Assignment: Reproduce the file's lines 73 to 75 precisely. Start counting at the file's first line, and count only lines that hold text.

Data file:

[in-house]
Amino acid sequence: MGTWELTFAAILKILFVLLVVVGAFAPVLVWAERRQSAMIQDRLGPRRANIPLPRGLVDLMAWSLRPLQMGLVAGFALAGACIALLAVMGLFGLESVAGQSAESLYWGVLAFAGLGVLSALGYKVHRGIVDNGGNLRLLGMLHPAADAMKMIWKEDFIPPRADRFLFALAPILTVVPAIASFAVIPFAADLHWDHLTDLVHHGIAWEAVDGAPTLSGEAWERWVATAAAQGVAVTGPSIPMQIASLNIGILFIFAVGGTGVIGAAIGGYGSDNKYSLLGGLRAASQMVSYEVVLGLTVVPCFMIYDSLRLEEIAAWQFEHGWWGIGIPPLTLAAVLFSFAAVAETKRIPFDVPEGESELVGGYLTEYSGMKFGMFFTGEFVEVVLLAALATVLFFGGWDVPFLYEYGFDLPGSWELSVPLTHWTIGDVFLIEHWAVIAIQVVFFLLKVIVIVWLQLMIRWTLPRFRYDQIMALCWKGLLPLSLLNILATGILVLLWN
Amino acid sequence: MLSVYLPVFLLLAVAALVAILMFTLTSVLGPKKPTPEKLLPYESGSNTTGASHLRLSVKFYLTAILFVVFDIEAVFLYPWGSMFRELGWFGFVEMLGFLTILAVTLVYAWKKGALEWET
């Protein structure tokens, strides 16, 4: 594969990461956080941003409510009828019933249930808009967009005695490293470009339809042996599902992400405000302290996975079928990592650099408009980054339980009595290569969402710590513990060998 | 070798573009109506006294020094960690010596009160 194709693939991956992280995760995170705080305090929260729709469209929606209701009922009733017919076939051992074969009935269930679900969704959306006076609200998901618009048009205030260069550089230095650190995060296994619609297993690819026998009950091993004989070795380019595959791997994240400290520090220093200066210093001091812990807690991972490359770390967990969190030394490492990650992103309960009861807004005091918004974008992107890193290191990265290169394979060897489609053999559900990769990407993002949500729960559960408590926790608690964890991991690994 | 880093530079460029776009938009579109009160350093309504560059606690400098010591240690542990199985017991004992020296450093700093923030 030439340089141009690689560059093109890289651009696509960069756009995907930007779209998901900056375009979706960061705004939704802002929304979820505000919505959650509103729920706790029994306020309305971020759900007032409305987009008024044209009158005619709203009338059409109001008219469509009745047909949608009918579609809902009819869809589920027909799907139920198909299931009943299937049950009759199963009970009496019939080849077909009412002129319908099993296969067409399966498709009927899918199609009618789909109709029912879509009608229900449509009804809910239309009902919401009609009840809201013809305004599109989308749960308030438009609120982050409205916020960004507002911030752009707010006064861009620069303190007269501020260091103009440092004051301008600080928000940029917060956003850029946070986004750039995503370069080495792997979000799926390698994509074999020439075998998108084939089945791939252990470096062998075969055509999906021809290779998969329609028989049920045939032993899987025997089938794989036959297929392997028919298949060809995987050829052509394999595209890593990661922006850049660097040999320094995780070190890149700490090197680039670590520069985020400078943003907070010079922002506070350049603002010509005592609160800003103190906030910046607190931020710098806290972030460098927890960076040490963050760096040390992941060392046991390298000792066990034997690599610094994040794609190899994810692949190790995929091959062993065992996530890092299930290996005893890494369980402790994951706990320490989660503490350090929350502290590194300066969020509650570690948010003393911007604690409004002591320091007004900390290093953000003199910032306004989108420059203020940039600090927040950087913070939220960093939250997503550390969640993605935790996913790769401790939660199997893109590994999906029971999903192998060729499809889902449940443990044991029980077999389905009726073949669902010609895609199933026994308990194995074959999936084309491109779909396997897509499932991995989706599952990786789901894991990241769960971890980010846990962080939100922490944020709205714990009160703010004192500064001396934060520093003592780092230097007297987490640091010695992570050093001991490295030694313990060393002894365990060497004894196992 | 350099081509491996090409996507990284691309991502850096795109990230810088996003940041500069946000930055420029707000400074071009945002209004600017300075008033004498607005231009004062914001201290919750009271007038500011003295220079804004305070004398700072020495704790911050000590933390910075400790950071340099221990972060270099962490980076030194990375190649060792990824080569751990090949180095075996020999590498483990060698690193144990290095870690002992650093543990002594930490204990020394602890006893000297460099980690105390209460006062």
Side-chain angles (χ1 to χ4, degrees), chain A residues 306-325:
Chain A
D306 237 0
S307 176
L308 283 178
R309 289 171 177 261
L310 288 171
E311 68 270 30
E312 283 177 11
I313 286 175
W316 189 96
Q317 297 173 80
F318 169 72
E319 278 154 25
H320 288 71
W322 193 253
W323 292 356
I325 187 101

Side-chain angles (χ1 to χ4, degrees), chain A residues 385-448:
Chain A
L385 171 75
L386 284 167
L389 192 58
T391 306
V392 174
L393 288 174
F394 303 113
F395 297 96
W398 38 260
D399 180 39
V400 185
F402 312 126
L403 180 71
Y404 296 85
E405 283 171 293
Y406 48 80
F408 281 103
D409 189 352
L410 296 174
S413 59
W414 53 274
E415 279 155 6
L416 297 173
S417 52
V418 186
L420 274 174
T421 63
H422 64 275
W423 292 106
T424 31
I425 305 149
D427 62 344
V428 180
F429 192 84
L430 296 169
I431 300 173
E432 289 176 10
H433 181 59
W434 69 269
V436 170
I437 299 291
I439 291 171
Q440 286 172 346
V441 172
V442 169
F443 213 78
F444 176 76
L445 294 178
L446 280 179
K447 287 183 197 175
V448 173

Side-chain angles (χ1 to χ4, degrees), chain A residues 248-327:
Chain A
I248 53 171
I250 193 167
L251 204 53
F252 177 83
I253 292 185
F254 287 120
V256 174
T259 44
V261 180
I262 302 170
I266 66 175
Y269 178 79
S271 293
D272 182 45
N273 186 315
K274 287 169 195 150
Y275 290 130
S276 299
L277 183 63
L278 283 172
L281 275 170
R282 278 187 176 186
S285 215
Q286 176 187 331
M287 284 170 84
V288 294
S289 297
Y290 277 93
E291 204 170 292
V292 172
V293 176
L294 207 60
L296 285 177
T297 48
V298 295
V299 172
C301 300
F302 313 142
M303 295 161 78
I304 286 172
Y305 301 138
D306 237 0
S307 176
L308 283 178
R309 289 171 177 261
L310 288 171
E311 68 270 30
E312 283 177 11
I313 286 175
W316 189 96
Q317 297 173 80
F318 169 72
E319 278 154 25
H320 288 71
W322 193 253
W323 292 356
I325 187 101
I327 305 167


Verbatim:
L446 280 179
K447 287 183 197 175
V448 173